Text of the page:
The first fifteen years of my teaching career were spent in the early primary grades – three years in Kindergarten, twelve years in Grade One – but I have been challenged (and blessed) in the last two years by making the transition into Special Education and taking a job as a Learning Resource teacher. I had no idea where this job would lead.
“Nothing will work unless you do.” (Maya Angelou)
Some of the time it is amazing. I work with dedicated professionals from many fields who live to help children find success. Some of the time it is frustrating. I work with a variety of people who have different opinions, backgrounds and preconceptions. Some of the time it is heartbreaking. I work with children who are on the edge of failure, who struggle, who face more challenges before breakfast than I have faced ever… But all of the time it is hugely rewarding, because the work I do every day makes a difference.
“Do what you can with what you have where you are.” (Theodore Roosevelt)
In the (less than) two years that I have been doing this, I have faced an amazing learning
curve cliff. I have had to work to understand the incredible variety of differences that can be found in the human brain, and how vastly those differences affect the learning profile of each individual. It is amazing.
One small hand
To touch the
Woven fabric of
Such rounded softness –
Sticky clean –
Explores the threads:
Falls to shreds.
Finds an end-
Thoughts unravelled as
Fingers grasp and
I wrote this poem (remember! it’s poetry month!) during my education year at university – before I had experienced many years in the classroom, and long before I had children of my own, but I had already recognized one essential part of teaching: it is not about me. It is about the child and what they can grasp. What falls apart as they attempt to understand, however brilliant it may seem to me, is completely worthless. I am only as good (as a teacher or parent) as I am useful to the little people whose challenges I attempt to support each day…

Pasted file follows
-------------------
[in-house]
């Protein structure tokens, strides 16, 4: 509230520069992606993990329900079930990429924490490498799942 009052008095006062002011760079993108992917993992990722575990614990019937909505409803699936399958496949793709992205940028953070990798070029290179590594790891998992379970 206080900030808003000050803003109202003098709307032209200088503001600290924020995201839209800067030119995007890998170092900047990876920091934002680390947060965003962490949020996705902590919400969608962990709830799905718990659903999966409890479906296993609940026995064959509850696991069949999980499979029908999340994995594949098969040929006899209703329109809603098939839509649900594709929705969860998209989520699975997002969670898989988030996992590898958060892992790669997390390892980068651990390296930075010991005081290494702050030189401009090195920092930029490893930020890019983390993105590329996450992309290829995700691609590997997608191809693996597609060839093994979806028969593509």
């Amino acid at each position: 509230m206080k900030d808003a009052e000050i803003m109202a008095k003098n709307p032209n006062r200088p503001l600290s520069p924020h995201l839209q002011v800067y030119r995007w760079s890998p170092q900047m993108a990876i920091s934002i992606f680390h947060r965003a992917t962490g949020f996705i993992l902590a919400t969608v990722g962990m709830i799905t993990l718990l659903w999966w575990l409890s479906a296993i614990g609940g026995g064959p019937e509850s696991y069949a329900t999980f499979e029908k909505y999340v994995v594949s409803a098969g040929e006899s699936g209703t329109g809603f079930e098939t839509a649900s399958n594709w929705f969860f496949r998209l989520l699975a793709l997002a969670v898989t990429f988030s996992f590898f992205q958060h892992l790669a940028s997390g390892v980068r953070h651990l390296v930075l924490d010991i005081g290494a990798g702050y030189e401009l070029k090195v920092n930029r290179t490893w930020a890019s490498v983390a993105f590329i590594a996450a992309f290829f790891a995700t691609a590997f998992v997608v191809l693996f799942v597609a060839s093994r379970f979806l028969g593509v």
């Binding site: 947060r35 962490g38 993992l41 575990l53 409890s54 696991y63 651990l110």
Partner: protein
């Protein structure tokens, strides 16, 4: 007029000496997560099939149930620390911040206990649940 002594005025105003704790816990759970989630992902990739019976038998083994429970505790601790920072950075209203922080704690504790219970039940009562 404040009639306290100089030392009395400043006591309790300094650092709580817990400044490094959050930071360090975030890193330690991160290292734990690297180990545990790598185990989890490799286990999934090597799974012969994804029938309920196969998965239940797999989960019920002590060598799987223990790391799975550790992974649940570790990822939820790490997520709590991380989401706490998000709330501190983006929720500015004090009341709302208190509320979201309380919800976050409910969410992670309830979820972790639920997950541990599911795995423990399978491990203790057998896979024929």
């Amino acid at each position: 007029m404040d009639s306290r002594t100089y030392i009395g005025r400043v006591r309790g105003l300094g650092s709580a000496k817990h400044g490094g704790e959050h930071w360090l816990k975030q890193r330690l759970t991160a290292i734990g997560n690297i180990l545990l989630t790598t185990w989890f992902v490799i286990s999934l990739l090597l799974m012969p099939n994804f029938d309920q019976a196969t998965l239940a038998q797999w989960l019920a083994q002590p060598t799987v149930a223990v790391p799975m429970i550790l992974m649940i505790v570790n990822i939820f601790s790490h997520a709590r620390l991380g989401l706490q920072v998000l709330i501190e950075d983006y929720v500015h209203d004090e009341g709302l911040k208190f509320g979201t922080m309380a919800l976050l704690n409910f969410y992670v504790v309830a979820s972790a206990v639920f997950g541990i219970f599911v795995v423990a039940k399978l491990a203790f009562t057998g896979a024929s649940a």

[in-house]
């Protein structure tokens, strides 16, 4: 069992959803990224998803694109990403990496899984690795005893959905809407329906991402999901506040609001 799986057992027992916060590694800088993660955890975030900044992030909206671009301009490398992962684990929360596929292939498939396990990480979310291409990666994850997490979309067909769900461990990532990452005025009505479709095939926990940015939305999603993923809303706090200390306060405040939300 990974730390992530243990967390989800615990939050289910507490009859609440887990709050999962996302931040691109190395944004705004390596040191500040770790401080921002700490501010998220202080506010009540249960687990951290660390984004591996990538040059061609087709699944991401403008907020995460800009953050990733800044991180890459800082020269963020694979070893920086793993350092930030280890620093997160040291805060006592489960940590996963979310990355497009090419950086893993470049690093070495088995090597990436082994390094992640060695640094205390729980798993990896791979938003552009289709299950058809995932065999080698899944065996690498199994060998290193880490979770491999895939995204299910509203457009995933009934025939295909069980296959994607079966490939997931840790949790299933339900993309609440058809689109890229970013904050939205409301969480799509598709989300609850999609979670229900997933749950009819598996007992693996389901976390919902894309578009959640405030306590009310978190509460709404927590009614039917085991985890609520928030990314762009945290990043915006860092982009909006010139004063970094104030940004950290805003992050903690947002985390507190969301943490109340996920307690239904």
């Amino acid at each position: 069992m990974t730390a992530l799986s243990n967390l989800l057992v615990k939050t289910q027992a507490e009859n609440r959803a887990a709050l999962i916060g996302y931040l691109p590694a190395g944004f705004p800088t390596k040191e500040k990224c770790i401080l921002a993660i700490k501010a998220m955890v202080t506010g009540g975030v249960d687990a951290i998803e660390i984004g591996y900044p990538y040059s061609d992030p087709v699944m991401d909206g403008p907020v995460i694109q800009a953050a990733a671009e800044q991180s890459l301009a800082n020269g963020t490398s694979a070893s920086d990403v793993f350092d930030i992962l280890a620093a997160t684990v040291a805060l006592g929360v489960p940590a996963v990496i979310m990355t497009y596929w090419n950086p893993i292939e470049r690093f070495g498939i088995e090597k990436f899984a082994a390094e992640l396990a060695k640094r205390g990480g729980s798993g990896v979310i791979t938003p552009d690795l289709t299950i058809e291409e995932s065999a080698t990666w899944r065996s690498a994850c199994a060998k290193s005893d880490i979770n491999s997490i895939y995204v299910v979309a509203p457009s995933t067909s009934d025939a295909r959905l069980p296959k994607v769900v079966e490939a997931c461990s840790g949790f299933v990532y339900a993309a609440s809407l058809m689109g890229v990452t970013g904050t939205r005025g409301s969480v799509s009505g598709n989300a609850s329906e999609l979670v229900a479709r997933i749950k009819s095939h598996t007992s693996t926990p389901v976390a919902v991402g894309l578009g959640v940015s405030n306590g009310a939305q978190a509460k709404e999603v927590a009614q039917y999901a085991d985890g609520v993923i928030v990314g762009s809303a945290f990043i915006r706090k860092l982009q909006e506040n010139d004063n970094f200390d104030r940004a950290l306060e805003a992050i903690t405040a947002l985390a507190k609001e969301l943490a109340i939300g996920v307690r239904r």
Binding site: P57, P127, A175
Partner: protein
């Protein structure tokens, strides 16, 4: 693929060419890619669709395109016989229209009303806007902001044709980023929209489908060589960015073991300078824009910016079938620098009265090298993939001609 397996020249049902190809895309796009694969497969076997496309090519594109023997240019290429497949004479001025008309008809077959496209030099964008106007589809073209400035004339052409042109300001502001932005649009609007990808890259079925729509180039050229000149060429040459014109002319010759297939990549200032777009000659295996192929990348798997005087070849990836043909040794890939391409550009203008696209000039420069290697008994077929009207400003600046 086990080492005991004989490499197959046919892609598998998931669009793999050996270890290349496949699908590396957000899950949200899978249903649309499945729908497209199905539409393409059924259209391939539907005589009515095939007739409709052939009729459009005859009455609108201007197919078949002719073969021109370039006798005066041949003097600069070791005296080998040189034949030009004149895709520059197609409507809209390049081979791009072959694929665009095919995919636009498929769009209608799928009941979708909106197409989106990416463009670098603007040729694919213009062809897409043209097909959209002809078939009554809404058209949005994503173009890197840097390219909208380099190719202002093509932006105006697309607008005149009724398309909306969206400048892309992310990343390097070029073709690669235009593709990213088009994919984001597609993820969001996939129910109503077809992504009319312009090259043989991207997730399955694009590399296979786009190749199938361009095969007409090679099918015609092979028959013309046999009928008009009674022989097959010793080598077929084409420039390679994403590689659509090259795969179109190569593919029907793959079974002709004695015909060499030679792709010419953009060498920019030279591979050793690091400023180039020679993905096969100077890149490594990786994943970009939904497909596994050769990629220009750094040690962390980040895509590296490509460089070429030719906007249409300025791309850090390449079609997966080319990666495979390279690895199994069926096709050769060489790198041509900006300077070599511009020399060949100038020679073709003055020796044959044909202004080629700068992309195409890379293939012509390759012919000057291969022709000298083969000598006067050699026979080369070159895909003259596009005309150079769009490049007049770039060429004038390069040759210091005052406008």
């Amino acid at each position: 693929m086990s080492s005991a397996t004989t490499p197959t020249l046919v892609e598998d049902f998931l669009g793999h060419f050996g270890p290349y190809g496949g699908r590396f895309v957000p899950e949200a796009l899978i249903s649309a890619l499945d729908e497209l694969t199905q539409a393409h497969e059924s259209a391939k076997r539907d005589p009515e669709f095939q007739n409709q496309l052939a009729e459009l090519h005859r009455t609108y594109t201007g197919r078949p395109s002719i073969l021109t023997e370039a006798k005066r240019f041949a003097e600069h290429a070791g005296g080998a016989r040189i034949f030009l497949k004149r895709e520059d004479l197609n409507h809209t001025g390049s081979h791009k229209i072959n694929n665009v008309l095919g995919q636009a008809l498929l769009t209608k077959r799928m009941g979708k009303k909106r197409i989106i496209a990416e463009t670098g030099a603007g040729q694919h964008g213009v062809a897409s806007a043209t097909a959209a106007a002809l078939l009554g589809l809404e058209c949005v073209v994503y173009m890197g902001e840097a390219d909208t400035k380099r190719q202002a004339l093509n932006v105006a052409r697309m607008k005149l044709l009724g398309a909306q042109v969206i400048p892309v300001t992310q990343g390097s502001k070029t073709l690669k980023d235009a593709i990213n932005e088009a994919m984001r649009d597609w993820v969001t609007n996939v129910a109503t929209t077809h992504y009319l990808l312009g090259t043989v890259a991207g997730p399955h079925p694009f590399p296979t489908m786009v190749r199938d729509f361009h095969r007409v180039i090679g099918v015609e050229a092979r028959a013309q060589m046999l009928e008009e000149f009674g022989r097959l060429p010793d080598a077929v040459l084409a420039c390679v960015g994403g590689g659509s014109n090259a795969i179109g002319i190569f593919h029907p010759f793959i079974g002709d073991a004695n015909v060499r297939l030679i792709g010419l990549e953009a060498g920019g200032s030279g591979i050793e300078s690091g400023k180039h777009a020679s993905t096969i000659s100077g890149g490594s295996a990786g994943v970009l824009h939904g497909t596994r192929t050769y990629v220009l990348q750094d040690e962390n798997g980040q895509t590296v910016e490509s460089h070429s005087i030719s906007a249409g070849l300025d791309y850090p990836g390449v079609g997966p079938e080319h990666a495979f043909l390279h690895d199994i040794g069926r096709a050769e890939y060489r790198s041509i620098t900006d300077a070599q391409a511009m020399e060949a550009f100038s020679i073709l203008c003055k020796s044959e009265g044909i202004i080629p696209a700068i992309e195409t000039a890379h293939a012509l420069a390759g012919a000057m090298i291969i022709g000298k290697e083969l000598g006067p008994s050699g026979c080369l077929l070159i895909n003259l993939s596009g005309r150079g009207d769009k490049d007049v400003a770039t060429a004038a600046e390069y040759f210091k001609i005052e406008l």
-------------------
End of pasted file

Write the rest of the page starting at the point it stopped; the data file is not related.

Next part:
Which brings me to this.
I spent a day with a group of educators at a presentation by Stacey Wakabayashi (POPFASD) who shared his experiences (failures and successes) from a very diverse and challenged community with a high prevalence of students with FASD. It was transformative.
As a classroom teacher and as a resource teacher I have worked with children and families who live with FASD. I have witnessed their challenges and wished for their successes, but it was the time with Stacey, the commitment and understanding he brought to his presentation, that gave insight into the empathy and imperative for support that these fragile little people require from us as educators.
There is so much to know about FASD – more than I can compress into this short space.
For insight on a personal level – Trying Differently Rather Than Harder – Fetal Alcohol Spectrum Disorders. This book was written by a woman who has experienced this disability firsthand, and had faced the difficult stigma of identifying and accepting the responsibility for it in her own family. Her take : “Our kids are ten second kids in a one second world.” (Diane Malbin)
The knowledge network made an amazing documentary about families living with the repercussions of FASD – set here in B.C. It is emotional and eye opening. Kids living with FASD are not an easy fit for our educational services.
As Stacey said, it is our responsibility to “Make curriculum and resources fit your kids, NOT make your kids fit curriculum and resources.” Students with FASD – or with any neurodevelopmental disorders – are facing giant obstacles that we can only imagine. They come to us looking like all the other students, and yet need as much empathy and support as a student in a wheelchair… As Stacey says, “we need to build a wheelchair for the brain.”
We need to make a shift.
We are charged with the responsibility of meeting those neediest children where they are ready for us. It is our time to live out that challenge in new way, as the world changes around us – it is up to us to change in order to give the most to the children who rely on us for stability and support.
“If I can stop one heart from breaking,
I shall not live in vain;
If I can ease one life the aching,
Or cool one pain,
Or help one fainting robin
Unto his nest again,
I shall not live in vain.”
Go ahead – live your life to serve. You are needed – you shall not live in vain.